Making and finishing and doing *so much* so can’t stay up with sharing… limiting screentime and can’t pause to organize… but so much things (along with baby) coming… you can always catch stuff which doesn’t make it to this channel (and/or sequestered by the machines) at “creative life archive” (note: you are here).
Note: This snap is me at Lafcadio Hearn’s writing desk (international writer who came to Japan and settled in deep countryside… Married a Japanese lady and took Japanese name, wrote in Japanese, had bad eyes so made this desk to help).
Dude is remarkably interesting. Ergo: when the most/only foreigners in Japan were missionaries, diplomats, traders all trying to change Japan, he showed and let Japan change him. His home in Matsue (home of the holy Izumo Taisha) is near (relatively) to where i was first at the mushroom farm (same San-in coast). Ryoko and I visited his house and museum summer of 2018 on our first adventure together.
PS i saw his white linen suit, battered leather suitcase, hat, cane, pipe and glasses and realized that “yes, I might be him reincarnated”
Related, from Trevor:
Down the hall Logan house Mom’s bedroom was on the left Morning routine sit on bedside and check-in At the end of the hall was the computer Window behind Dave sat keying in his word flow Friend watched Inspired
Japan can be intimidating, even for seasoned travellers. You arrive to massive sticker shock, tiny octopi in soup, and 30 kinds of hot canned coffee (which all taste moreorless the same) in ubiquitous vending machines.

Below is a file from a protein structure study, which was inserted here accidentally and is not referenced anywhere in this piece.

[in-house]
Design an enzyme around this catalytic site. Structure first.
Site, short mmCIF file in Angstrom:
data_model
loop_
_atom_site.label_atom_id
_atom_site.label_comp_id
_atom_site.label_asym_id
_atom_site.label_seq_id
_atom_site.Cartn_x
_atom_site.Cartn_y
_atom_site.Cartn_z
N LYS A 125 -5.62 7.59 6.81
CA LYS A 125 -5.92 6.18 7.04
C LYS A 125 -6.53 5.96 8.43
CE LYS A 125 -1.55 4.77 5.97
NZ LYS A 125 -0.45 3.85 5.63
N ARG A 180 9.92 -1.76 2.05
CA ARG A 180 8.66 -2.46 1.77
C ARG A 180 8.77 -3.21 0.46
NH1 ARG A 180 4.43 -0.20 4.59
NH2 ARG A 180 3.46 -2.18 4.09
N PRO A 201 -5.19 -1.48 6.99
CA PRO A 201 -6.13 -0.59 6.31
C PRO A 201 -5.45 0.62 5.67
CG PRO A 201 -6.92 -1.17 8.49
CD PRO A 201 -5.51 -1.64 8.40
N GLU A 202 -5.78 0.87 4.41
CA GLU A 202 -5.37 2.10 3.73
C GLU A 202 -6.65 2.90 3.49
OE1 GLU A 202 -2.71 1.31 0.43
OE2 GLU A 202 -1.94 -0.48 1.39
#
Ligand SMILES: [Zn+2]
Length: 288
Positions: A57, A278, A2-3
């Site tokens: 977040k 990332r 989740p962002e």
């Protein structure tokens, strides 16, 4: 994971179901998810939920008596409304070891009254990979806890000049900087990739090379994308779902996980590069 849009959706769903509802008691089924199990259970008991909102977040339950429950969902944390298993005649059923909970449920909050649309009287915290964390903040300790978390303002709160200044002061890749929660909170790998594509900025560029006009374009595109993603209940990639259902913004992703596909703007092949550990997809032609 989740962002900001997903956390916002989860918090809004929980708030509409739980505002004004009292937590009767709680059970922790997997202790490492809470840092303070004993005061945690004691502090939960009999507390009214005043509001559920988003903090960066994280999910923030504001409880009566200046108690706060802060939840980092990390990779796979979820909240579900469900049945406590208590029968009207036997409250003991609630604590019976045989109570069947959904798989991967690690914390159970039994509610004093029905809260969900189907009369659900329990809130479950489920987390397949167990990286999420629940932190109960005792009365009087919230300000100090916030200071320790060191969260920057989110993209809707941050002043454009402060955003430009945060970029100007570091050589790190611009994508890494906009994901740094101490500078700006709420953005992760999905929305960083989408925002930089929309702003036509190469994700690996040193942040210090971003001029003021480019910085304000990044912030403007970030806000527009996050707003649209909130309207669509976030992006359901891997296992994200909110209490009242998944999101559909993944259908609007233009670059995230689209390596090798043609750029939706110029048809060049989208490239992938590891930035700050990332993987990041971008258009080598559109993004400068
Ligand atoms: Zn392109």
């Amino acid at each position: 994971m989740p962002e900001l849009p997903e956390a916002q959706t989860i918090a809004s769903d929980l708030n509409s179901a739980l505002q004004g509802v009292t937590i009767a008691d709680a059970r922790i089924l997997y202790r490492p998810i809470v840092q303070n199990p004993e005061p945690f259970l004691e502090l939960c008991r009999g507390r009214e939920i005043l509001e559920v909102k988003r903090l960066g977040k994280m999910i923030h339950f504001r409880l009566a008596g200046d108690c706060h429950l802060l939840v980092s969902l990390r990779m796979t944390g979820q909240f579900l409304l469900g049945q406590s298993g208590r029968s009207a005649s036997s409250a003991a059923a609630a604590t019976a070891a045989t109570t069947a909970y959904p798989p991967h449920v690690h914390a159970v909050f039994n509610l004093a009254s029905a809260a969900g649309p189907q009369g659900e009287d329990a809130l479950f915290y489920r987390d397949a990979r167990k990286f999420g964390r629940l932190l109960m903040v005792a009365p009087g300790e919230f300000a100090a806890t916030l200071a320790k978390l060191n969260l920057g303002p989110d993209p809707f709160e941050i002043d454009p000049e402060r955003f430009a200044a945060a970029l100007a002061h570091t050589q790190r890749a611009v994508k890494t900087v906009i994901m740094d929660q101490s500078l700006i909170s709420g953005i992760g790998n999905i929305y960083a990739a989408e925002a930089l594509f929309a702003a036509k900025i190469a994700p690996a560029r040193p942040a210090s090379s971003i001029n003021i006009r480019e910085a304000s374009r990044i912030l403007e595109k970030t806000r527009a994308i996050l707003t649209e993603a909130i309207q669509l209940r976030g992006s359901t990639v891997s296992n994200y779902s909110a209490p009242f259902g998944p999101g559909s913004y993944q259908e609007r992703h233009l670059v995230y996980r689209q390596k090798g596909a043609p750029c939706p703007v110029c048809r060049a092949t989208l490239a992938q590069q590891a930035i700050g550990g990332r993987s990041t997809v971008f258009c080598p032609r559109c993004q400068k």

Japan is a long country with 80% mountains – covering several climates, from frosty Hokkaido in the north, to tropical Kyushu giving adventurous folks much opportunity to head to the outer provinces for exploration of the heady scenery of this varied archipelago. With some planning, politeness and persistence, combined with a little zen, you can find big adventures.
Indeed, it is easy to get lost in the big cities of Tokyo and Osaka – crowded with skyscrapers and twisted alleys, piled high with screaming neon clubs pumping techno, reggae or karaoke and shops piled with futuristic technological gadgets that won’t make it to North America for another decade – but, far away from the expensive hotels and talking toilets of the huge Pacific metropolis, you may find yourself soaking in alpine hot springs on a starry night, drinking sake with strangers crammed into a mountain hut after a backcountry dinner of rice, seaweed, miso and green tea.